Waterfront Kirribilli Club sinks into administration

June 26, 2024
Clyde Mooney

Veteran institution the Kirribilli Club has failed in its public cry for help and has entered voluntary administration, citing the pressures of rising rent and falling revenue.

The venerable Kirribilli Club was founded in 1946 in support of returned defence force personnel and their families.

There was talk of relocating, but a lack of suitable properties on the ritzy lower north shore instead brought about a major refurbishment in 2007 on the 1,834 sqm site on Harbourview Cres, despite significant debt.

But regardless of its picturesque harbour views and affluent locals, the Club continued to have financial trouble.

In 2014 the property was sold for $15.5 million to NSW Harness Racing, and in 2022 sold again, for $22.8 million to Stadia Capital.

The lease on the Club was set to renew in November, bringing a fixed three per cent increase to the rent, which is an annual condition of the lease agreement.

In an attempt to engineer its own fortunes, in late March management sent emails to thousands of locals, explaining that the club’s rent was about to hit more than $2 million annually, ancillary and building expenses added another $1 million a year, and the board had been forced to make the reluctant decision to not exercise its renewal option.

The message also revealed the board’s rather ambitious goal for the club to buy the property, asking over 18,000 members to invest in $2,000 debentures (a type of long-term business debt not secured by collateral).

“We request your serious assistance as this is your club, and the Kirribilli Debenture opportunity is the best solution for our longevity and continued existence going forward.”

Financial records show that in 2021 the club reported profit of over $480K, from revenue of around $6.1 million. If each member bought into the debenture program, it could generate $36 million.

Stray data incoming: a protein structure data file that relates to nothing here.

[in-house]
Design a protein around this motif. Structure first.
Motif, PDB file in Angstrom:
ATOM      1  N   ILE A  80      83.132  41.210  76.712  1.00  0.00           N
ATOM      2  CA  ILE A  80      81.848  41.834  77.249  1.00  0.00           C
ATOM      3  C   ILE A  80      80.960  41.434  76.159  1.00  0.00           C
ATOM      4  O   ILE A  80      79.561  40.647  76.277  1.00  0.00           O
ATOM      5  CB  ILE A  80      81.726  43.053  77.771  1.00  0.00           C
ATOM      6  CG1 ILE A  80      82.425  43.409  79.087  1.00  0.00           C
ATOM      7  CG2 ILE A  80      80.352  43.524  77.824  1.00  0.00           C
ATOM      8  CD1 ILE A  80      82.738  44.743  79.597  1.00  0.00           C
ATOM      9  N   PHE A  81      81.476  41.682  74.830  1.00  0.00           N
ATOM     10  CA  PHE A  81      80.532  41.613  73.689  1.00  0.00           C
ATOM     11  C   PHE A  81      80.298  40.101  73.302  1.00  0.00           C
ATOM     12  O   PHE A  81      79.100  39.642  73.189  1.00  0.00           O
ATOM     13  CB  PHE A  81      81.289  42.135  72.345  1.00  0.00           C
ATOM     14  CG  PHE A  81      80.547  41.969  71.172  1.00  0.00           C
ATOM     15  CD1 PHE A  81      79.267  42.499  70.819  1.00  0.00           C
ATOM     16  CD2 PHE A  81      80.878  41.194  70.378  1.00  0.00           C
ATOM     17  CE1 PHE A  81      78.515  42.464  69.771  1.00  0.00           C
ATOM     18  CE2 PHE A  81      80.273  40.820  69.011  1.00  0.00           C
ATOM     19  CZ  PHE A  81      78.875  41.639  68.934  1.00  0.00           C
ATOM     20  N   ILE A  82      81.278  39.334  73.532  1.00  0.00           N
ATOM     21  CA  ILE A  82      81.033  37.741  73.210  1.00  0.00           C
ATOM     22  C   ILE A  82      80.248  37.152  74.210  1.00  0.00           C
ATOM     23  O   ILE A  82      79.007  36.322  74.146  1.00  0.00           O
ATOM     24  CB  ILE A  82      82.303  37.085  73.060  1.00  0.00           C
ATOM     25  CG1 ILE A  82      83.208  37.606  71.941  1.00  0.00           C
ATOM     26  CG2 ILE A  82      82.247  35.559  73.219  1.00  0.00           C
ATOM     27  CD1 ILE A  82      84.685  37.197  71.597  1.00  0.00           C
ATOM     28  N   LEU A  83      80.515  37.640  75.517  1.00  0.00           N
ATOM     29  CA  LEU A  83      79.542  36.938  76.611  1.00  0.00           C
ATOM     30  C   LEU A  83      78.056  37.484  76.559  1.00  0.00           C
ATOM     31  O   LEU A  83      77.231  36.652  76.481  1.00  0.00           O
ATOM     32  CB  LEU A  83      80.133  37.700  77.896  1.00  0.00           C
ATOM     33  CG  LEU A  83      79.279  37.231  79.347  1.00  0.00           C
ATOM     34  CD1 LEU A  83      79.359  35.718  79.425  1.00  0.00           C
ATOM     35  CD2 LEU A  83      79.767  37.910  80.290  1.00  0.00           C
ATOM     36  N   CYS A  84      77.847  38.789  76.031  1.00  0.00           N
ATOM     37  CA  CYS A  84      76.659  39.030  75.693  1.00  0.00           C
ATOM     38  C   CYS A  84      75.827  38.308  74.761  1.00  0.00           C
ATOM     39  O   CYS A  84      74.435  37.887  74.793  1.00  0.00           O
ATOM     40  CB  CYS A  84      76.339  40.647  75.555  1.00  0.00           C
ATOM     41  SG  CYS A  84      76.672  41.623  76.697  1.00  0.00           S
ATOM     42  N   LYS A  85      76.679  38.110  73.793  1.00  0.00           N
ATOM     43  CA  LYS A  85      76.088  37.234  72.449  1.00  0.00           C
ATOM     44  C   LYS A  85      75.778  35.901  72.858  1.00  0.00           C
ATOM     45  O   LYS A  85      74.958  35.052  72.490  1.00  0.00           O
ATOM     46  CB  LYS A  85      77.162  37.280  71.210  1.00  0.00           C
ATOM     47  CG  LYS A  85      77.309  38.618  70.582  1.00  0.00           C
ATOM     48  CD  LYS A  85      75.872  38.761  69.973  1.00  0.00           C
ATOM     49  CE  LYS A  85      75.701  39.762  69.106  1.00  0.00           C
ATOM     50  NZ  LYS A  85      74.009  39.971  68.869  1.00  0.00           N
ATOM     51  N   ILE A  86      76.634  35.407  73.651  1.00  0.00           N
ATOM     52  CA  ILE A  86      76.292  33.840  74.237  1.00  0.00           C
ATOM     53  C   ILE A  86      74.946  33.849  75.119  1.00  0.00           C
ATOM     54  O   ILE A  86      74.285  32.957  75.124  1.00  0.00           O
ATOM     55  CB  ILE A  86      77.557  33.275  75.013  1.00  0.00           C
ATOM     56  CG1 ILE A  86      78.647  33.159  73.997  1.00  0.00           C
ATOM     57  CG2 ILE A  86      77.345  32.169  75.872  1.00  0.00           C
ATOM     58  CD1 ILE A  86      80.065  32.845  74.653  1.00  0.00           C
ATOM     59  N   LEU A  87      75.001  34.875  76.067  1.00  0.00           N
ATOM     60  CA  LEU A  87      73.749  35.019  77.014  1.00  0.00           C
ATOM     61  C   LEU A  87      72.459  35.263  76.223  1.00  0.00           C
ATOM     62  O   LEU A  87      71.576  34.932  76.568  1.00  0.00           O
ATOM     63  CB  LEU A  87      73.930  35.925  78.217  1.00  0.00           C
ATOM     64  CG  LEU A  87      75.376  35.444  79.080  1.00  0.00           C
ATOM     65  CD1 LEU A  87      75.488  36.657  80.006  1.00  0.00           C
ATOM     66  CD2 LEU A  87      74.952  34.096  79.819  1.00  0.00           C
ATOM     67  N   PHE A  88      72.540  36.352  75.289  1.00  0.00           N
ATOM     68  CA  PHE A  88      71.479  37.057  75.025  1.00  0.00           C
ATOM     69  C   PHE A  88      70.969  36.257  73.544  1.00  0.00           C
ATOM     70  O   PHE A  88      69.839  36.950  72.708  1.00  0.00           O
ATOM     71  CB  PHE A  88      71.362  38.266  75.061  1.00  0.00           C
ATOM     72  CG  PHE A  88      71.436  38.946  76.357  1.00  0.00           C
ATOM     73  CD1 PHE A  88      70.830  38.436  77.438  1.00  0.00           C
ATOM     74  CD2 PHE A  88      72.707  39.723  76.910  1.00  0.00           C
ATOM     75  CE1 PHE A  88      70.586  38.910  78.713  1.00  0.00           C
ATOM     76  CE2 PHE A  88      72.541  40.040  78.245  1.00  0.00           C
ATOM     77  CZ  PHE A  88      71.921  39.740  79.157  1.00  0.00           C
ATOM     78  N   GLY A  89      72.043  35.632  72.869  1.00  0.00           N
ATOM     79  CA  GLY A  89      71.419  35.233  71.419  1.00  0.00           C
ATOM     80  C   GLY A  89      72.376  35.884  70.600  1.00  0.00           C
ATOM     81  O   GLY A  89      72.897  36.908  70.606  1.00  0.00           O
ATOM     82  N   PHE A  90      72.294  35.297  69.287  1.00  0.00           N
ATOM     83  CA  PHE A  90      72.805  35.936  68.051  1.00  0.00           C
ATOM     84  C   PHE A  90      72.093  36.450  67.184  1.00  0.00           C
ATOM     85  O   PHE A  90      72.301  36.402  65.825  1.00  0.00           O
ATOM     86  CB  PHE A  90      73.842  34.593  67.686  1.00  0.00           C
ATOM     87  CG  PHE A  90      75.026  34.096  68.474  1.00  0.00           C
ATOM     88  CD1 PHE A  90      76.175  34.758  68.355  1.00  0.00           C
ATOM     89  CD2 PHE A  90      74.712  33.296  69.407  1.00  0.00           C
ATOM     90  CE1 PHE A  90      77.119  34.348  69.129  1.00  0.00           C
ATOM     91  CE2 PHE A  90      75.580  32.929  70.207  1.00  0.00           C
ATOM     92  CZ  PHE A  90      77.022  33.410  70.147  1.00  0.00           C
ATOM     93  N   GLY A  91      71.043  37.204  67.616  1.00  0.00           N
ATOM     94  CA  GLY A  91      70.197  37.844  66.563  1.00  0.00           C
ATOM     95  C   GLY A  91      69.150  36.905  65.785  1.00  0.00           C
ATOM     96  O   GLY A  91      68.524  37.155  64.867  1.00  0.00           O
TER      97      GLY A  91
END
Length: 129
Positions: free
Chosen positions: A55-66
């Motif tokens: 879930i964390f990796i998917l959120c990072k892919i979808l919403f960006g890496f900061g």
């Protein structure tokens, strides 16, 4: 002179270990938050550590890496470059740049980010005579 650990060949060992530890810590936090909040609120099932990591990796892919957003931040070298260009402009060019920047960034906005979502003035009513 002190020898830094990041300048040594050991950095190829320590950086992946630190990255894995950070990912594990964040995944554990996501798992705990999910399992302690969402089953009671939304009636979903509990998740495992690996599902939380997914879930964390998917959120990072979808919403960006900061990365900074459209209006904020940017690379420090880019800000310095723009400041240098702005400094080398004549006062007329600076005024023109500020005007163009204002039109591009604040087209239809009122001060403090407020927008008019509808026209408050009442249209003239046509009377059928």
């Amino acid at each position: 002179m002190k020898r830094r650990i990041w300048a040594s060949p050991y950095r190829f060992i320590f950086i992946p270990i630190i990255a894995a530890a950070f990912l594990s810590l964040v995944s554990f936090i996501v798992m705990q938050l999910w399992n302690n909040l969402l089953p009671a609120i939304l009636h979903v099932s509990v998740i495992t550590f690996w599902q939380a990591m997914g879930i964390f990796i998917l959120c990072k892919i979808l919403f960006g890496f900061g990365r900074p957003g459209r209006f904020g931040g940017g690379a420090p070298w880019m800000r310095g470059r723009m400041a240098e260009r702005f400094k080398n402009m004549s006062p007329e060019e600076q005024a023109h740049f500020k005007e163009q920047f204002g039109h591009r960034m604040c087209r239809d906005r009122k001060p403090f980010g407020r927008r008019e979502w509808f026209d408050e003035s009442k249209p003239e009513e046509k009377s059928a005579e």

But the hail Mary scheme did not hit the mark and the club failed to raise enough money to purchase the prime harbourside lot, and this week it entered voluntary administration with Hugh Armenis from SV Partners.

“Unfortunately, due to a combination of overwhelming financial, operational and hospitality market circumstances we have exhausted all available options and have not come to this conclusion lightly,” former Club chair Lukas Bendt emailed to members.

“It has always been the board’s priority to ensure the club’s members, ex-services, staff, and guests have a place to call, ‘Home’.

“We hope further opportunities to re-establish the Kirribilli Ex-Service Club going forward in the future, have not been completely extinguished. Somewhere, somehow.”

Jilly Gibson, former mayor of North Sydney and lifelong Kirribilli Club member credited the initiative but doubted it would be successful, and is now concerned for “well-meaning locals” who invested, asking “Can they get that money back now?”.

The combination of rapidly rising operating costs and patrons feeling the pinch and reducing discretionary spending has led to many suburban clubs struggling, often seeking support from their communities, amalgamating with other clubs, even pivoting into property development to improve stability.

Stadia Capital managing director Scott Staniforth says he feels for the plight of clubs such as their tenant, suggesting many are in “situations where they need to rethink their business model”.

Armenis reports the Club will continue to trade while its business, property and financial circumstances are assessed, and that both he and the club “appreciate the members’ support” during this time.

“As soon as I am in a position to do so, members will be provided an update as to the status of the club.”

First meeting of creditors is scheduled for 28 June.


Kirribilli Club, SV Partners

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